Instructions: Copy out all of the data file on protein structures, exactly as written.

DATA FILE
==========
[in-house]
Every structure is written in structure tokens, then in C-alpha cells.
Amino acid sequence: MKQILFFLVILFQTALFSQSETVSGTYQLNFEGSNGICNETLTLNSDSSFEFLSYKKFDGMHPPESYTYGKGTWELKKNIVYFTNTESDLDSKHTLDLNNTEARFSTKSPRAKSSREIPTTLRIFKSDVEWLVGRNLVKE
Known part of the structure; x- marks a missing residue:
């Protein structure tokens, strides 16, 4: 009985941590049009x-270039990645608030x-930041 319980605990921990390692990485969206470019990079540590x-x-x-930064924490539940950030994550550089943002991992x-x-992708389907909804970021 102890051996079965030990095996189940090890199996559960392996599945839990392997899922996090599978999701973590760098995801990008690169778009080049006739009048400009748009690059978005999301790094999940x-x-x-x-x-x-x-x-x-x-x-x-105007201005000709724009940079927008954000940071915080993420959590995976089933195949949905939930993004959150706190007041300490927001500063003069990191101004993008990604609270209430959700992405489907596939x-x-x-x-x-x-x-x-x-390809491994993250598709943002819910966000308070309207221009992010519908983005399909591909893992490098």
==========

[in-house]
Every structure is written in structure tokens, then in C-alpha cells.
Amino acid sequence: MKQILFFLVILFQTALFSQSETVSGTYQLNFEGSNGICNETLTLNSDSSFEFLSYKKFDGMHPPESYTYGKGTWELKKNIVYFTNTESDLDSKHTLDLNNTEARFSTKSPRAKSSREIPTTLRIFKSDVEWLVGRNLVKE
Known part of the structure; x- marks a missing residue:
């Protein structure tokens, strides 16, 4: 009985941590049009x-270039990645608030x-930041 319980605990921990390692990485969206470019990079540590x-x-x-930064924490539940950030994550550089943002991992x-x-992708389907909804970021 102890051996079965030990095996189940090890199996559960392996599945839990392997899922996090599978999701973590760098995801990008690169778009080049006739009048400009748009690059978005999301790094999940x-x-x-x-x-x-x-x-x-x-x-x-105007201005000709724009940079927008954000940071915080993420959590995976089933195949949905939930993004959150706190007041300490927001500063003069990191101004993008990604609270209430959700992405489907596939x-x-x-x-x-x-x-x-x-390809491994993250598709943002819910966000308070309207221009992010519908983005399909591909893992490098």